I'm have a bit of trouble understanding how dependence of variables work with implicit functions. This troubles me during the chain rule and specifically in this case, the implicit function theorem.

The way I have seen the IFT derived

Suppose we have a function $F(x,y,z)=c$, and we are finding $\frac{\partial F}{\partial x}$.

At this point, if I'm not mistaken, we asumme that $x$ and $y$ are "completely independent" and that $z$ can be expressed as a function of $x$ and $y$ locally. So $F(x,y,f(x,y))=c$

And then we differentate both sides with respect to $x$, using the chain rule on the left hand side $$\frac{\partial F}{\partial x}\cdot1+\frac{\partial F}{\partial y}\cdot0+\frac{\partial F}{\partial z}\cdot\frac{\partial z}{\partial x} =0$$

My question is regarding this:

Question. Why is it a reasonable assumption to make that $x$ and $y$ are completely independent? (Especially when they are related by the function $F(x,y,z)=c$) If this is false (i.e. $x,y$ are dependent), then how can we conclude $$ \frac{\partial y}{\partial x} = 0 $$ which seems to be required to derive the formula for the implicit function theorem?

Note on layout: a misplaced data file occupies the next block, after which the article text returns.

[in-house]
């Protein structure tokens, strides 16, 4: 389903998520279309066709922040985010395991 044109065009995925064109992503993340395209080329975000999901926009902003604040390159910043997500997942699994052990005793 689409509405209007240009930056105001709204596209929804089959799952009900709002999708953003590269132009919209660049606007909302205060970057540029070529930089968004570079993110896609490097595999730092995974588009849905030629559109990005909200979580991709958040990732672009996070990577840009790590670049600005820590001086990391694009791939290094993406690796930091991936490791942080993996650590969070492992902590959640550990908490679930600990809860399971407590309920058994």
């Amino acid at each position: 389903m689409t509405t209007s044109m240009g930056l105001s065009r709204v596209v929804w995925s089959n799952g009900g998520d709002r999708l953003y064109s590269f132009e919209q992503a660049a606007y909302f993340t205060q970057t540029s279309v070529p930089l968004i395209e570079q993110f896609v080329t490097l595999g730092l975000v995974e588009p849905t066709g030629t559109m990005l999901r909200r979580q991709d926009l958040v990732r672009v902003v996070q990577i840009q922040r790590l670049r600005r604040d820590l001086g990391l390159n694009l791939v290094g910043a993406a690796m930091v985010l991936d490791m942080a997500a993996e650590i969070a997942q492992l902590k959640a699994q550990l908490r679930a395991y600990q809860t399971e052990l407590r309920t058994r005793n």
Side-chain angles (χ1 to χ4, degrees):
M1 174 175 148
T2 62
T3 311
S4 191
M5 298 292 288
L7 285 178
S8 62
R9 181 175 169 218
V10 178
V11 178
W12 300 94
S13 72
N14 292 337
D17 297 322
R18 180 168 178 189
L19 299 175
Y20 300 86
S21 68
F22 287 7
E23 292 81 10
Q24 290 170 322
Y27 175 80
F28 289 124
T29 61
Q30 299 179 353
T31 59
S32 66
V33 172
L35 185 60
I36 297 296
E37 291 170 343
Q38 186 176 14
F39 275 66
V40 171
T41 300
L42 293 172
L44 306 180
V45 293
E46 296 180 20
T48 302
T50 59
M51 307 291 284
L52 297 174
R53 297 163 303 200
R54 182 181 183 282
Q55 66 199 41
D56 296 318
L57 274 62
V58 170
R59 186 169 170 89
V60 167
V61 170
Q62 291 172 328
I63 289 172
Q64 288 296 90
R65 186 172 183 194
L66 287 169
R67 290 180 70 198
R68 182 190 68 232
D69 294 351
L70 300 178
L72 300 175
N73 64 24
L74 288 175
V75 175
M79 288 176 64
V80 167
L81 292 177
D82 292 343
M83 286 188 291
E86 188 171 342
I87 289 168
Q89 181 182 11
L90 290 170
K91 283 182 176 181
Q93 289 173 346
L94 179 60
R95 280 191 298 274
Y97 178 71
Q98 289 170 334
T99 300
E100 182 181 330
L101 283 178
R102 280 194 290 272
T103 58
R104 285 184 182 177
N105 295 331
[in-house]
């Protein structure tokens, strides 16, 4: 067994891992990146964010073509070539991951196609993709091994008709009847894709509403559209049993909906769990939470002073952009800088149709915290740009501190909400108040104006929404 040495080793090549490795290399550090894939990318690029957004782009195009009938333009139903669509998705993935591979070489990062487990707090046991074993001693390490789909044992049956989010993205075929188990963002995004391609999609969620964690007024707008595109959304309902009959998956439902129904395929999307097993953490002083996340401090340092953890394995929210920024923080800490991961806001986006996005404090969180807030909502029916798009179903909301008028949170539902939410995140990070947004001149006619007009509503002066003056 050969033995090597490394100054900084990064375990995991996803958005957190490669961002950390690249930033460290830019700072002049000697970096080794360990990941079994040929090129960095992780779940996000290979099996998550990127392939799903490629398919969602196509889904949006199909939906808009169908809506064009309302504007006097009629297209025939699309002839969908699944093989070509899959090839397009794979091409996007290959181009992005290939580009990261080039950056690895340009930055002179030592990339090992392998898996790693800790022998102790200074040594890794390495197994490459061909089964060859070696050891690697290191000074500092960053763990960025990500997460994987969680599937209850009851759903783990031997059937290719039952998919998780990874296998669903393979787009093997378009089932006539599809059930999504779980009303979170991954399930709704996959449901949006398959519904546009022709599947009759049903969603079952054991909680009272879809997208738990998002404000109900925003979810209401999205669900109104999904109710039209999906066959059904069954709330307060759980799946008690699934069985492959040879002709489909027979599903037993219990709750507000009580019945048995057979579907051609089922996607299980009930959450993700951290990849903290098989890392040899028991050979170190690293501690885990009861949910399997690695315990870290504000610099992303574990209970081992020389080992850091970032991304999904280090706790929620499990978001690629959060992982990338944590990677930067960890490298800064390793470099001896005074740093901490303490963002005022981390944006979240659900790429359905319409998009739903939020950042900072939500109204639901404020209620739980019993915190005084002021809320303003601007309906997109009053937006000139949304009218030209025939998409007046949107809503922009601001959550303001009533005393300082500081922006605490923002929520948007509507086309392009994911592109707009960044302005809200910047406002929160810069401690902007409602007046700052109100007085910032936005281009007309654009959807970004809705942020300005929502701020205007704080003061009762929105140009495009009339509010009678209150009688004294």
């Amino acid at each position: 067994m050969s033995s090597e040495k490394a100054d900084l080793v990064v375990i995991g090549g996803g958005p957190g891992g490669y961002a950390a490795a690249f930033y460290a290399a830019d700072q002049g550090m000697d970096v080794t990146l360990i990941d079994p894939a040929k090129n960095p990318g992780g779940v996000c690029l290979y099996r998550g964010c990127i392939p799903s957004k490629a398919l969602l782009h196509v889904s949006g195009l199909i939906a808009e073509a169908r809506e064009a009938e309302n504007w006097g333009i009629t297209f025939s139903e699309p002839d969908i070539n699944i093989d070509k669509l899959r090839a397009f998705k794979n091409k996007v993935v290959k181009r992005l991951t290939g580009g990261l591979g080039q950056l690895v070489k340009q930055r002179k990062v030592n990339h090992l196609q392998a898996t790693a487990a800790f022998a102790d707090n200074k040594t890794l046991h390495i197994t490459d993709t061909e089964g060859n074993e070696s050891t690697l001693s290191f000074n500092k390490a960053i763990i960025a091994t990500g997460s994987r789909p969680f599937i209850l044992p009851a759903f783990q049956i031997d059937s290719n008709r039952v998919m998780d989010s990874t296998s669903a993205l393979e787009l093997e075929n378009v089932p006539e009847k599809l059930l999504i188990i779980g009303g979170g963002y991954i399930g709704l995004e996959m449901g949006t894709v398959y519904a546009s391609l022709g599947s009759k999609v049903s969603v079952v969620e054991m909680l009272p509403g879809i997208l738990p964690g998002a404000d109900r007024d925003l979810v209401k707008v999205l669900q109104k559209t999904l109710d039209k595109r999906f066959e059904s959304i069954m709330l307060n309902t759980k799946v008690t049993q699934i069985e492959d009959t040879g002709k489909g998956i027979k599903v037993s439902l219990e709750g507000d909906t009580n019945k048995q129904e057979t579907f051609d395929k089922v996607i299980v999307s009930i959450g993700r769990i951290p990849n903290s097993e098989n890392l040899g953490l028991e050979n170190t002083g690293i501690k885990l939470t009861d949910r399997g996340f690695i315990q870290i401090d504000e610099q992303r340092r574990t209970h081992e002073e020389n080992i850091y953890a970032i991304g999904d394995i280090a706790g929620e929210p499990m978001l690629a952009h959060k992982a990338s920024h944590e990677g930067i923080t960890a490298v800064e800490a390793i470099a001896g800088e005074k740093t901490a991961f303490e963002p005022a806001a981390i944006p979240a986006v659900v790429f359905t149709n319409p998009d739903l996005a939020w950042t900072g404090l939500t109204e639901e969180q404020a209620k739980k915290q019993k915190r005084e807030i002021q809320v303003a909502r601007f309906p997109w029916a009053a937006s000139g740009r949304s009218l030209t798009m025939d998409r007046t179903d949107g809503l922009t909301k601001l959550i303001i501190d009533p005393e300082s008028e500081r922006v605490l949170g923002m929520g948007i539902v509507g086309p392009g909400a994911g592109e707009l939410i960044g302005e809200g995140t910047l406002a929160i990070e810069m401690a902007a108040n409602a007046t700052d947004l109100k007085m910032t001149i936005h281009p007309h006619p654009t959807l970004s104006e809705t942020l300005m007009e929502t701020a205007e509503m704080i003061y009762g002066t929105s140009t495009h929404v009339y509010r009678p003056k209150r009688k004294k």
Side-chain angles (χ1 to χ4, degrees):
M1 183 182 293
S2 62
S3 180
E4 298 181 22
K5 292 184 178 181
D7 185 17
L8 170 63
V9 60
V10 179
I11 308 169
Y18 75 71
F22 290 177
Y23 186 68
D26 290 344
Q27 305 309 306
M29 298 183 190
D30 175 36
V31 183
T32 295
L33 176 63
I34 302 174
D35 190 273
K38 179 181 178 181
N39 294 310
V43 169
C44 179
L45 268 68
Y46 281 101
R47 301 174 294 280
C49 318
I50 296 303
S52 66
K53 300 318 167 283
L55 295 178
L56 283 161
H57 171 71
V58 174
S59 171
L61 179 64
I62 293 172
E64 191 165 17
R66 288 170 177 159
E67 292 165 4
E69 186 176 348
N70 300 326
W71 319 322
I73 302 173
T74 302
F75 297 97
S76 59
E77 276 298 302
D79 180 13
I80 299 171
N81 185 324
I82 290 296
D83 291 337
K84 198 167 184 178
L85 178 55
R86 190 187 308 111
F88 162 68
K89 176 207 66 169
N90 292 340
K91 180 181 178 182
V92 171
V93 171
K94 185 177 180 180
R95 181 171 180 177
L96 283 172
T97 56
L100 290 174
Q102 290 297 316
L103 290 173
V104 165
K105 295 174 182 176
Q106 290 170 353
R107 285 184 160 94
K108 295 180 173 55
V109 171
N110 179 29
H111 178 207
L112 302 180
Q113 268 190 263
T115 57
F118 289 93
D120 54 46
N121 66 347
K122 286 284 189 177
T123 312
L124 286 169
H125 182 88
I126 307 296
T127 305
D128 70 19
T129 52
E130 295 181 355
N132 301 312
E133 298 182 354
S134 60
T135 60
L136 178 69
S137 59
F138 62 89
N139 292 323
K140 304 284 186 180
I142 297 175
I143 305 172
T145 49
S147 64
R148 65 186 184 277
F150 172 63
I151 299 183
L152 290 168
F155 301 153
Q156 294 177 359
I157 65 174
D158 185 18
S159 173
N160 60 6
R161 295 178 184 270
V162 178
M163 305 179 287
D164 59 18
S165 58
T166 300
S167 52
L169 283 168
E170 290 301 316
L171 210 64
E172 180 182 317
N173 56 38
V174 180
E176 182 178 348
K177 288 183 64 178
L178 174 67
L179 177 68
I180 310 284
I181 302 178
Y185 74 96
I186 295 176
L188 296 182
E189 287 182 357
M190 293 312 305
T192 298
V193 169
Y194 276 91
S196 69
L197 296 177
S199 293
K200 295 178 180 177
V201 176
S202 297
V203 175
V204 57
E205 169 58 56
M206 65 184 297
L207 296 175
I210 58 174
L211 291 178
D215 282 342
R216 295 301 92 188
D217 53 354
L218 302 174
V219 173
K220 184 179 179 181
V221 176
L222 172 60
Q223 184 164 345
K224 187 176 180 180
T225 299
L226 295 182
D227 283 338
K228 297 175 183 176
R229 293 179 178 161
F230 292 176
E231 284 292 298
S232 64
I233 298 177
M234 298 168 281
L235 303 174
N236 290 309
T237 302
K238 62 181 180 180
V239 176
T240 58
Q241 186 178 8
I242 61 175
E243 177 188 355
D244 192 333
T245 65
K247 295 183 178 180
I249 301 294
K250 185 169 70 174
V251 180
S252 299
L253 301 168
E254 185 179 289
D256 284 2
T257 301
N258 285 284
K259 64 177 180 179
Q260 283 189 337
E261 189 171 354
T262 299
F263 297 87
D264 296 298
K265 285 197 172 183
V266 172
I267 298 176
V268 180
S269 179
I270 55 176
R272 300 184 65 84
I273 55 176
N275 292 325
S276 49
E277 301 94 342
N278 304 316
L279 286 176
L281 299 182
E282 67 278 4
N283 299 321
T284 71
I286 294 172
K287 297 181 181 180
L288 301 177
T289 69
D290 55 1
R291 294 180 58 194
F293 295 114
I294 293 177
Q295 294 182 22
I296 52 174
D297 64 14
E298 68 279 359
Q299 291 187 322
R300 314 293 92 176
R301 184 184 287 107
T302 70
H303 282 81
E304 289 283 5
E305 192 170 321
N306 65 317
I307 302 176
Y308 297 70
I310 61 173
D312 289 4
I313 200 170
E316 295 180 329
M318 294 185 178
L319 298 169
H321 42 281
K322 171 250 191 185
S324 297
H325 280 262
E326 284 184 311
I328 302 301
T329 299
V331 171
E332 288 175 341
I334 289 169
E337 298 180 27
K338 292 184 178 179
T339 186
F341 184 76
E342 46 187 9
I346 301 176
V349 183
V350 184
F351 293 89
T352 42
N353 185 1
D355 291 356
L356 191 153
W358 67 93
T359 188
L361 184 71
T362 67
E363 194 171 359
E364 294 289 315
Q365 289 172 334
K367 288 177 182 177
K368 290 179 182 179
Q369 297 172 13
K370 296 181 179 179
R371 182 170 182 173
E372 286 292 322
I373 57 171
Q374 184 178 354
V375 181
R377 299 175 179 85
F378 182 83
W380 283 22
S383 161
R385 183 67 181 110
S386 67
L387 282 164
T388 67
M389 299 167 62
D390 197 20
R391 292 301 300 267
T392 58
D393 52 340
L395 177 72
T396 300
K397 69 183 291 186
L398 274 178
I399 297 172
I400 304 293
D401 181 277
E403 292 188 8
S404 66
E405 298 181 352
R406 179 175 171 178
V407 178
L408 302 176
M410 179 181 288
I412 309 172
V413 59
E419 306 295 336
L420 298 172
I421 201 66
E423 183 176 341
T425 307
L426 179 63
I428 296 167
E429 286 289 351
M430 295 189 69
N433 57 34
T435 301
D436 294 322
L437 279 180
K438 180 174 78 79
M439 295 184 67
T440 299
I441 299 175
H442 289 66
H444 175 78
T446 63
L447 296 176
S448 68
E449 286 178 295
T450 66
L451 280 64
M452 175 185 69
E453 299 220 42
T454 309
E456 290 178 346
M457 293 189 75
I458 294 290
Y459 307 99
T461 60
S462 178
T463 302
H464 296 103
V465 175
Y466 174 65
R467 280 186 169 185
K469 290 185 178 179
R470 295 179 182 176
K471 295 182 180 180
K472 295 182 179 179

My question also extends beyond just the implicit function theorem:

In general if we have a function $z=f(x(u),y(u))$ and we're differentiating with respect to $x$. Usually what I would do is $$ \frac{\partial z}{\partial x} = \frac{\partial f}{\partial x} $$ by treating $y$ as a constant.

But aren't $y$ and $x$ related? Why is $\frac{\partial y}{\partial x} = 0 $ if a change in $x$ suggests a change in $u$ and thus a change in $y$ (Since $y$ also depends on $u$)?


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